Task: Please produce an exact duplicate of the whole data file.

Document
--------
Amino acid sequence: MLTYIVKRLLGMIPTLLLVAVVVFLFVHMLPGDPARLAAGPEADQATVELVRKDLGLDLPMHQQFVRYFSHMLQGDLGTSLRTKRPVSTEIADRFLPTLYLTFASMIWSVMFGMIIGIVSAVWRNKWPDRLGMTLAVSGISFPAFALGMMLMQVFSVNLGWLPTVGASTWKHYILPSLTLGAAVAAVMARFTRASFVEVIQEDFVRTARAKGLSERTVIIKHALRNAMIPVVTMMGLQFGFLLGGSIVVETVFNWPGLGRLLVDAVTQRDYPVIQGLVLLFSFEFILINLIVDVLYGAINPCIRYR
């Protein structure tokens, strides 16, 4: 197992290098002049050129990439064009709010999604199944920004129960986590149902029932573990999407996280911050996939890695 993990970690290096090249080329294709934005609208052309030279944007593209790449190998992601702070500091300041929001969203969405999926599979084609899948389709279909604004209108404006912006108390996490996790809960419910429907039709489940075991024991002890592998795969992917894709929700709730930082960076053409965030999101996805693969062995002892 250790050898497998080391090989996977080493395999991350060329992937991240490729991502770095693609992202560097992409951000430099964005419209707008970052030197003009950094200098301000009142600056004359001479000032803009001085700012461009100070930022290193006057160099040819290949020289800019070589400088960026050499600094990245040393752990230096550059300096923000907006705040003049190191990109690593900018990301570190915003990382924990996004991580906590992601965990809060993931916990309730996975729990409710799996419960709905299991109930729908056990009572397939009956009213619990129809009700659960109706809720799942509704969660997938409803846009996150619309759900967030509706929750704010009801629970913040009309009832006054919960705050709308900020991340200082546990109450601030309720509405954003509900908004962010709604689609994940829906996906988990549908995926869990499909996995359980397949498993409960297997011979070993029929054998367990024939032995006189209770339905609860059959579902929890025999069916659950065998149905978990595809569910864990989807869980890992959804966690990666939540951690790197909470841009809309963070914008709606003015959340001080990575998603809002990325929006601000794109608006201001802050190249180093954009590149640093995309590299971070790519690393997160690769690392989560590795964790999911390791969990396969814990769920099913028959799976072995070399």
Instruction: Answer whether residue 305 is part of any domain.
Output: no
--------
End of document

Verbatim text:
Amino acid sequence: MLTYIVKRLLGMIPTLLLVAVVVFLFVHMLPGDPARLAAGPEADQATVELVRKDLGLDLPMHQQFVRYFSHMLQGDLGTSLRTKRPVSTEIADRFLPTLYLTFASMIWSVMFGMIIGIVSAVWRNKWPDRLGMTLAVSGISFPAFALGMMLMQVFSVNLGWLPTVGASTWKHYILPSLTLGAAVAAVMARFTRASFVEVIQEDFVRTARAKGLSERTVIIKHALRNAMIPVVTMMGLQFGFLLGGSIVVETVFNWPGLGRLLVDAVTQRDYPVIQGLVLLFSFEFILINLIVDVLYGAINPCIRYR
């Protein structure tokens, strides 16, 4: 197992290098002049050129990439064009709010999604199944920004129960986590149902029932573990999407996280911050996939890695 993990970690290096090249080329294709934005609208052309030279944007593209790449190998992601702070500091300041929001969203969405999926599979084609899948389709279909604004209108404006912006108390996490996790809960419910429907039709489940075991024991002890592998795969992917894709929700709730930082960076053409965030999101996805693969062995002892 250790050898497998080391090989996977080493395999991350060329992937991240490729991502770095693609992202560097992409951000430099964005419209707008970052030197003009950094200098301000009142600056004359001479000032803009001085700012461009100070930022290193006057160099040819290949020289800019070589400088960026050499600094990245040393752990230096550059300096923000907006705040003049190191990109690593900018990301570190915003990382924990996004991580906590992601965990809060993931916990309730996975729990409710799996419960709905299991109930729908056990009572397939009956009213619990129809009700659960109706809720799942509704969660997938409803846009996150619309759900967030509706929750704010009801629970913040009309009832006054919960705050709308900020991340200082546990109450601030309720509405954003509900908004962010709604689609994940829906996906988990549908995926869990499909996995359980397949498993409960297997011979070993029929054998367990024939032995006189209770339905609860059959579902929890025999069916659950065998149905978990595809569910864990989807869980890992959804966690990666939540951690790197909470841009809309963070914008709606003015959340001080990575998603809002990325929006601000794109608006201001802050190249180093954009590149640093995309590299971070790519690393997160690769690392989560590795964790999911390791969990396969814990769920099913028959799976072995070399």
Instruction: Answer whether residue 305 is part of any domain.
Output: no